Other DEA regulations cleared up
Suboxone/Subutex Package insert, prescribing information (PI)
Preventing Precipitated Withdrawal / COWS
How Buprenorphine Works--Receptor sheet
Please see our literature page for more downloads.

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Nurses



naabt.org Patient/Physician  Matching System (PPMS) TreatmentMatch.org – Patient/Physician
Matching System
Substance Abuse and Mental Health Services Administration Substance Abuse
and Mental
Health Services
Administration
Physicians An Introduction to The
Role of Medication in
Substance Use
Treatment
Most Popular Physician Downloads NAABT
Frequently Asked
Questions
Most Popular Physician Downloads Most Popular
Physician Downloads
Physician Clinical Support System (PCSS) Literature
Physicians Online Support
Community Forum
Physicians Tap 30    


TreatmentMatch.org Patient/Physician Matching System


SAMHSA Physician Locator (add, delete, edit)

Physicians already listed on the locator but want to make a change, add a practice location or delete their listing, can now do that themselves online. Click this link for instructions: http://buprenorphine.samhsa.gov/pls/bwns/updtcntct2$.startup

If not already listed, DATA-2000 waived physicians may call 1-866-BUP-CSAT (1-866-287-2728) or e-mail info@buprenorphine.samhsa.gov with requests to be added to the Locator. See current locator listing at: www.naabt.org/local

The DEA must also be notified when a waived physician changes the primary practice address at which they intend to treat opioid addiction under the authority of their DATA 2000 waiver. Call the DEA Office of Diversion Control at 1-800-882-9539. Phone numbers for local DEA offices can be found on the DEA Web site at http://www.dea.gov.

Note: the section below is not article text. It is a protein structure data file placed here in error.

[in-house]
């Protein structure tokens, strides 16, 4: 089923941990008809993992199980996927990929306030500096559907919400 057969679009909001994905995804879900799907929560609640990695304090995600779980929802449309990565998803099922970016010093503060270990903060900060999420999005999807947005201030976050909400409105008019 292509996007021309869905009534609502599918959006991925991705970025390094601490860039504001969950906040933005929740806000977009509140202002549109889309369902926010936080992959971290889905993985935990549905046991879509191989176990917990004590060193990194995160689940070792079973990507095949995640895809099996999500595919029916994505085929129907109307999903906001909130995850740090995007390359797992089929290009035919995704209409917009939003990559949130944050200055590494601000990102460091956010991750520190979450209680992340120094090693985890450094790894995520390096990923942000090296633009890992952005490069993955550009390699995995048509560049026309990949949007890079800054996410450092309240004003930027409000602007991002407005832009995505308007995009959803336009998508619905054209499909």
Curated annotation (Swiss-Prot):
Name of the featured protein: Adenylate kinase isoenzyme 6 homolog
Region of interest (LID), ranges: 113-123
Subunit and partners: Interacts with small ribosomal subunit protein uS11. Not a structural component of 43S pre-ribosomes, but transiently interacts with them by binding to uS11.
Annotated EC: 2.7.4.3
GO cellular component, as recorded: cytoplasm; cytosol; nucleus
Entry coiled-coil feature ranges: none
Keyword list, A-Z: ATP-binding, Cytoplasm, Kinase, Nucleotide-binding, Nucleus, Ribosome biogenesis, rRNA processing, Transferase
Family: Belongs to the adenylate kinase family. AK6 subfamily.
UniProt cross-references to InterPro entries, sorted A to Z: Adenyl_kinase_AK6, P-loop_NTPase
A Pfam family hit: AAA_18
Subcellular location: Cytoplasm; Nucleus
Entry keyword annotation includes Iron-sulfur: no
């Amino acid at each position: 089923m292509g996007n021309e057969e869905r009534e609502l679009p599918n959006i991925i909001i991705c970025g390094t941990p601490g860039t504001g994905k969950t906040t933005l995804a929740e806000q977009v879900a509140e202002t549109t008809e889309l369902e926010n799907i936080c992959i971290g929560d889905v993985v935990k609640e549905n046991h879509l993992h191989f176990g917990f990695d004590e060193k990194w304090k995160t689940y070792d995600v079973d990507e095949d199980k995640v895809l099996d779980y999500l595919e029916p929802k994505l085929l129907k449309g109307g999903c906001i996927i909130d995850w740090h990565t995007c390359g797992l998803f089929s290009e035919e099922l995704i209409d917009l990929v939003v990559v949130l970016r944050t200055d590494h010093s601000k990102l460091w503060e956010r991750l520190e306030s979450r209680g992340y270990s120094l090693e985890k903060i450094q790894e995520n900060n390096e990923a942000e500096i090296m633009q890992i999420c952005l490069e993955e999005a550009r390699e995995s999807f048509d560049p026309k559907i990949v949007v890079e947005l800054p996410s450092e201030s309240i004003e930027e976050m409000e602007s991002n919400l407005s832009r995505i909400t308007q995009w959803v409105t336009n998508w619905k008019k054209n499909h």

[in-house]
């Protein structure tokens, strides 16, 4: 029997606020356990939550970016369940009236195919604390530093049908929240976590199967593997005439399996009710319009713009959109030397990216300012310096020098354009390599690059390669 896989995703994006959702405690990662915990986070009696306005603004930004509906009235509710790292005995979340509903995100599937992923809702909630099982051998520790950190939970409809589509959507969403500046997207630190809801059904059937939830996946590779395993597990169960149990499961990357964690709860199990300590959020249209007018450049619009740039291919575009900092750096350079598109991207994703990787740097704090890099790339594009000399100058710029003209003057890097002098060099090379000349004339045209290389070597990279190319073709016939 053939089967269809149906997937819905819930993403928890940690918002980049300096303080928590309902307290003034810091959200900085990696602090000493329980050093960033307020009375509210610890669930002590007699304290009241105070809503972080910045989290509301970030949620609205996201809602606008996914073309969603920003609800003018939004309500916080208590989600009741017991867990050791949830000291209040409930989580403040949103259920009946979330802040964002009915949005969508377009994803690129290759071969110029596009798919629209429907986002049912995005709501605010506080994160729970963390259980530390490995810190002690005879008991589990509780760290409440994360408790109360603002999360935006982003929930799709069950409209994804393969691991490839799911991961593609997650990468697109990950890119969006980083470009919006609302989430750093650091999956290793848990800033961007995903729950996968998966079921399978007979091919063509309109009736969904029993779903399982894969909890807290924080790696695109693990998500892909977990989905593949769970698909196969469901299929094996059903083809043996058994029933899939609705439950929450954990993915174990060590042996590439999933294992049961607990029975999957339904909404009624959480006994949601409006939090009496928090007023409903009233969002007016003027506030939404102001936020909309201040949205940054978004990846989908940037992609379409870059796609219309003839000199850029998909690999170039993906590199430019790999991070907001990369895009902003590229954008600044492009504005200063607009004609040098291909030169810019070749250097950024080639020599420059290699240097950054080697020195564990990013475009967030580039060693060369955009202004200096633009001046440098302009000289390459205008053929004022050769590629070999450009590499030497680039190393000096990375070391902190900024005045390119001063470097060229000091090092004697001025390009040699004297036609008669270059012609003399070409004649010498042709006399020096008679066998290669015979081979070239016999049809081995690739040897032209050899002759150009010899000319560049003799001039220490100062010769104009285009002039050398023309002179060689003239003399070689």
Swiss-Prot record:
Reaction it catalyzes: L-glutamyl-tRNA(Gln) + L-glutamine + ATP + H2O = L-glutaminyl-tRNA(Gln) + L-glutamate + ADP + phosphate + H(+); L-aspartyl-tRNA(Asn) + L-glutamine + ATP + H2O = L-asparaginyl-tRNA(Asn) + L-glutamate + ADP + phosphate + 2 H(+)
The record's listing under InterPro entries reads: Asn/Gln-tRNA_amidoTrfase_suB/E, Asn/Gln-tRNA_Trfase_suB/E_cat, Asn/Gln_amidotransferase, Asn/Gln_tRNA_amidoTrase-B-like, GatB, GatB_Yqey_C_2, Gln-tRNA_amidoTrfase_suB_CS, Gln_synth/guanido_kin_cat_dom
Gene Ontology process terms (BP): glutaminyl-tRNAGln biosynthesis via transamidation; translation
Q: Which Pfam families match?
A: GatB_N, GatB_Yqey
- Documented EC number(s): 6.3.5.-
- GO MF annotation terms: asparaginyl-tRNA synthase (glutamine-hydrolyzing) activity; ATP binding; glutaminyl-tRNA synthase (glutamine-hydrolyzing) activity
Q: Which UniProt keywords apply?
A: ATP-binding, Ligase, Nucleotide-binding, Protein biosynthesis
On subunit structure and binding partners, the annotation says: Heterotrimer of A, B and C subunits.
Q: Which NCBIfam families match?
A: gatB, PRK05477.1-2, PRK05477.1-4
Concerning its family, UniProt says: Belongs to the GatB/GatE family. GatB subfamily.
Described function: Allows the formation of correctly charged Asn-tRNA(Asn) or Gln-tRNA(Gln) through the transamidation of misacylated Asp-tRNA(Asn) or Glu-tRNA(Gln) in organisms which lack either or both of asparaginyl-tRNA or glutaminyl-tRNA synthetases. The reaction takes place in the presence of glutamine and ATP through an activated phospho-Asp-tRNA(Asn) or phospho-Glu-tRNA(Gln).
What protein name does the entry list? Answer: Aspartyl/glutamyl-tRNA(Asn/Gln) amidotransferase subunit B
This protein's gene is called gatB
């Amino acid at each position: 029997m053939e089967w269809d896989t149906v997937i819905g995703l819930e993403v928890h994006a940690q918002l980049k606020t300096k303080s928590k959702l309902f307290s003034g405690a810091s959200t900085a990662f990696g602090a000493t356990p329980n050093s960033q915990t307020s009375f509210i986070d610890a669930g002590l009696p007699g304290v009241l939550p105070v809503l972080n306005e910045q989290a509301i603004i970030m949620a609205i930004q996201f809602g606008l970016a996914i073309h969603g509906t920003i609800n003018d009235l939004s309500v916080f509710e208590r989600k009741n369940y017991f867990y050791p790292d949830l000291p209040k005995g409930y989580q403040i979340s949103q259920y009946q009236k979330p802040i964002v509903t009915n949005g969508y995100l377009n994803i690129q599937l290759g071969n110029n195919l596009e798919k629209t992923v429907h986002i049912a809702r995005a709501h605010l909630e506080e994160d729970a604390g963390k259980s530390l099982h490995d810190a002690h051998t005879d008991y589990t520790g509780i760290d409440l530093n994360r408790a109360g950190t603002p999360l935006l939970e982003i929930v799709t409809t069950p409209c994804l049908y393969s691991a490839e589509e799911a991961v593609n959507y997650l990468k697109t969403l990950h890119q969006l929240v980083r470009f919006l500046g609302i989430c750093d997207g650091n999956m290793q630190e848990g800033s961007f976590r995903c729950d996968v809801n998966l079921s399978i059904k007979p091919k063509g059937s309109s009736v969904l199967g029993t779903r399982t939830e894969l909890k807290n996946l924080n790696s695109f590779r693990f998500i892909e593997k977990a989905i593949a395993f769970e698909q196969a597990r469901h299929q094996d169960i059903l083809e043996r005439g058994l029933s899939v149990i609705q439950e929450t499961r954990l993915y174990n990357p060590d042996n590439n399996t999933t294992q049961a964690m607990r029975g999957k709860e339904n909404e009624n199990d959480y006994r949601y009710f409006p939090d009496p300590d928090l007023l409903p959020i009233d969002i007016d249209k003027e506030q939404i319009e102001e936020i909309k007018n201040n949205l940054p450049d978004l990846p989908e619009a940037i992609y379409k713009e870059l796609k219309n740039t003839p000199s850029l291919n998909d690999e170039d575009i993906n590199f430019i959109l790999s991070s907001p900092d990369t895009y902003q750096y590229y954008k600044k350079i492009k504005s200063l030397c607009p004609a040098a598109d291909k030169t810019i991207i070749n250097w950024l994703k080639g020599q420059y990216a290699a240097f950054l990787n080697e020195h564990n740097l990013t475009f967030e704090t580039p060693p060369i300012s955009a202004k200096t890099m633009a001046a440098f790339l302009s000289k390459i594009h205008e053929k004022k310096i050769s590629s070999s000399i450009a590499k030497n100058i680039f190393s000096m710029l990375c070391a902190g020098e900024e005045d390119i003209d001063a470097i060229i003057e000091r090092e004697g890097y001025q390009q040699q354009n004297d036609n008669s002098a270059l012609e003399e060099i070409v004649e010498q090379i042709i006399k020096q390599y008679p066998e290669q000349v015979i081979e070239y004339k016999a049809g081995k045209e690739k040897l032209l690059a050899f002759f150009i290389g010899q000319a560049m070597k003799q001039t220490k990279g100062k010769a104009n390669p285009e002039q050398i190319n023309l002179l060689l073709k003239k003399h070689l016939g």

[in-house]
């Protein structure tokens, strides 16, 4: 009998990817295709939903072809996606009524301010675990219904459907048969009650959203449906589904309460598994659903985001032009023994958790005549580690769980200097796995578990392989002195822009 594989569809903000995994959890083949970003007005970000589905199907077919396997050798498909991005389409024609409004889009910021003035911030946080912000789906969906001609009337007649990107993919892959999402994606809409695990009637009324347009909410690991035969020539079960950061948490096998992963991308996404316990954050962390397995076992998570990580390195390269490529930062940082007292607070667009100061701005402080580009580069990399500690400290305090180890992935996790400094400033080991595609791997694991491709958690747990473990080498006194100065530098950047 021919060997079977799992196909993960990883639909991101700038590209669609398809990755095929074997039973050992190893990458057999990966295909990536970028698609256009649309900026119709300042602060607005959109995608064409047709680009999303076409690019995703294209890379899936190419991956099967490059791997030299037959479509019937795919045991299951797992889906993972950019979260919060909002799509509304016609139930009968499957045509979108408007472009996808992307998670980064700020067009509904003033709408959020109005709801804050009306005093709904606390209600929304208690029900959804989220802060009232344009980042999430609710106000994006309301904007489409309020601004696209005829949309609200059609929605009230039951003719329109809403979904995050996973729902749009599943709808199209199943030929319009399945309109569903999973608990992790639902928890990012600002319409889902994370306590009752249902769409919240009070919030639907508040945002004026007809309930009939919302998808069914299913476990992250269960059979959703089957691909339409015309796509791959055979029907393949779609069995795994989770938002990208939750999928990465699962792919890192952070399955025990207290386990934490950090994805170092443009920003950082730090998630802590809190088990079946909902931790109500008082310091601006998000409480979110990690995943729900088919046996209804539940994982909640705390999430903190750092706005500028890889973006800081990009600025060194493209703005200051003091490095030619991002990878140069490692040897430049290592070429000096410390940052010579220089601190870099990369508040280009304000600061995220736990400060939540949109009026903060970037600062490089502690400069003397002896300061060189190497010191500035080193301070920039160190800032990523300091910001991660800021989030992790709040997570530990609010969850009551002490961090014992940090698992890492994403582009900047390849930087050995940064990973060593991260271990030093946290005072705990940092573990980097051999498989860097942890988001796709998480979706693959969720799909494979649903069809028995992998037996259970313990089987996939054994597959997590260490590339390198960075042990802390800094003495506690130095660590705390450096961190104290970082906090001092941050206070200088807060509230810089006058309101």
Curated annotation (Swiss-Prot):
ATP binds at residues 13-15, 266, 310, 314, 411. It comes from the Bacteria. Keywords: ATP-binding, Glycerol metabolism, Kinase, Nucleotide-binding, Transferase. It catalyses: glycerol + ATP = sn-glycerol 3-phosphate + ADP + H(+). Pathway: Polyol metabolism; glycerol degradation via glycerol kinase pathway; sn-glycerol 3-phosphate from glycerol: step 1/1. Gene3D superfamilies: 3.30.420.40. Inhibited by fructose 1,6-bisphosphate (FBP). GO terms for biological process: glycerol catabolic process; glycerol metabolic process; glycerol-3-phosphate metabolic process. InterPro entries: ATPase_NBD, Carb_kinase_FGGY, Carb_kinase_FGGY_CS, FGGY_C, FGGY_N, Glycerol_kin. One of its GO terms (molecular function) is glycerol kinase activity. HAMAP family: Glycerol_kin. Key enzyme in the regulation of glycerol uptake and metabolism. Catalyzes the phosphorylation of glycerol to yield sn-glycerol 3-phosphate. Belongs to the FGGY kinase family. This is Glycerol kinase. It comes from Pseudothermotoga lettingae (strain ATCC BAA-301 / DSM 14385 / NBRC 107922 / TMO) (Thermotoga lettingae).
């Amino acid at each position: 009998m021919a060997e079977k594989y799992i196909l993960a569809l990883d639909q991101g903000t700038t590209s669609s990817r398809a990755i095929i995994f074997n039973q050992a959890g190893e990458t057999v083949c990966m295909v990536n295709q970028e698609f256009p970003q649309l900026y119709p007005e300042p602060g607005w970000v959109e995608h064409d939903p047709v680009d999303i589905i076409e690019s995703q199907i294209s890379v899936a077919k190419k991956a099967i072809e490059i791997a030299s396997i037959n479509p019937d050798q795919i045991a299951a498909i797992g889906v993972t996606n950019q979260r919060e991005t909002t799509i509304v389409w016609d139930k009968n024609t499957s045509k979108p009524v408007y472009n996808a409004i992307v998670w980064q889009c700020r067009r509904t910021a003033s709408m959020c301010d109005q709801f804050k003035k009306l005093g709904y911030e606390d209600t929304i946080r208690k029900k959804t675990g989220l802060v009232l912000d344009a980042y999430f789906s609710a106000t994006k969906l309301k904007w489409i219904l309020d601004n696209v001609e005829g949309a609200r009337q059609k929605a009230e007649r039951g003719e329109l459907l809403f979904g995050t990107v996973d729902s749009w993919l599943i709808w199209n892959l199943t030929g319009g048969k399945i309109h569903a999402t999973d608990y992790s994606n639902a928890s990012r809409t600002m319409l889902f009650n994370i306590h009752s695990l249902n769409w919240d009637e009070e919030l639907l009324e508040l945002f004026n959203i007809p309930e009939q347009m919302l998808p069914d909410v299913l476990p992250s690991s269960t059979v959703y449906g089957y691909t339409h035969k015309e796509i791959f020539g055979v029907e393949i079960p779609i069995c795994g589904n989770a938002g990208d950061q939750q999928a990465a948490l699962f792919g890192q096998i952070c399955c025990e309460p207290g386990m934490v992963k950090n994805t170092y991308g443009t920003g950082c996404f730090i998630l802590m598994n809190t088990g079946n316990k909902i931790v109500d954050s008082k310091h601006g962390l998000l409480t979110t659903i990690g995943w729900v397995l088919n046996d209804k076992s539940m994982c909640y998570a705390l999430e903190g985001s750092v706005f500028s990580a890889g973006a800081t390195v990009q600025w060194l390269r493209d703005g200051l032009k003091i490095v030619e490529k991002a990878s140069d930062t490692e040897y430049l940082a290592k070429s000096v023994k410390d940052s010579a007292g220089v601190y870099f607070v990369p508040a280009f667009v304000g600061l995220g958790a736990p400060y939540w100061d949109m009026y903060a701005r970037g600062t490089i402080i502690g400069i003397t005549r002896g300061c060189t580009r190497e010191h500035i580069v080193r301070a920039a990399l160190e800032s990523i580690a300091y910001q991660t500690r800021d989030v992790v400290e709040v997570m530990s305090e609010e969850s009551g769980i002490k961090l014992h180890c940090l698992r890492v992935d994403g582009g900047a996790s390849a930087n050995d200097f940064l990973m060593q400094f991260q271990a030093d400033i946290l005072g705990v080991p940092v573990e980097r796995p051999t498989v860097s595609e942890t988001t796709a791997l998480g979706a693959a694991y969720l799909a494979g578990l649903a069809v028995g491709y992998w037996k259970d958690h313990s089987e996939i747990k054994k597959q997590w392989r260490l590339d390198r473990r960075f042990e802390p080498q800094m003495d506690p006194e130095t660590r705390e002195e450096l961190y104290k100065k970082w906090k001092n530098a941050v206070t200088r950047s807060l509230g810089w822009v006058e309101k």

Substance Abuse and Mental Health Services Administration (SAMHSA) website

Back to top


Most popular physician downloads.

June 2006 NAABT newsletter: Counseling and Buprenorphine

Billing codes 8/2007

TIP 40: Clinical Guidelines for the Use of Buprenorphine in the Treatment of Opioid Addiction
This Treatment Improvement Protocol (TIP), Clinical Guidelines for the Use of Buprenorphine in the Treatment of Opioid Addiction, provides consensus - and evidence -based treatment guidance for the use of buprenorphine, a new option for the treatment of opioid addiction. The goal of this TIP is to provide physicians with information they can use to make practical and informed decisions about the use of buprenorphine to treat opioid addiction. These guidelines address the pharmacology and physiology of opioids, opioid addiction, and treatment with buprenorphine; describe patient assessment and the choice of opioid addiction treatment options; provide detailed treatment protocols for opioid withdrawal and maintenance therapy with buprenorphine; and include information on the treatment of special populations, e.g., pregnant women, adolescents, and polysubstance users. This TIP represents another step by the Center for Substance Abuse Treatment (CSAT) toward its goal of bringing national leaders together to improve substance use disorder treatment in the United States.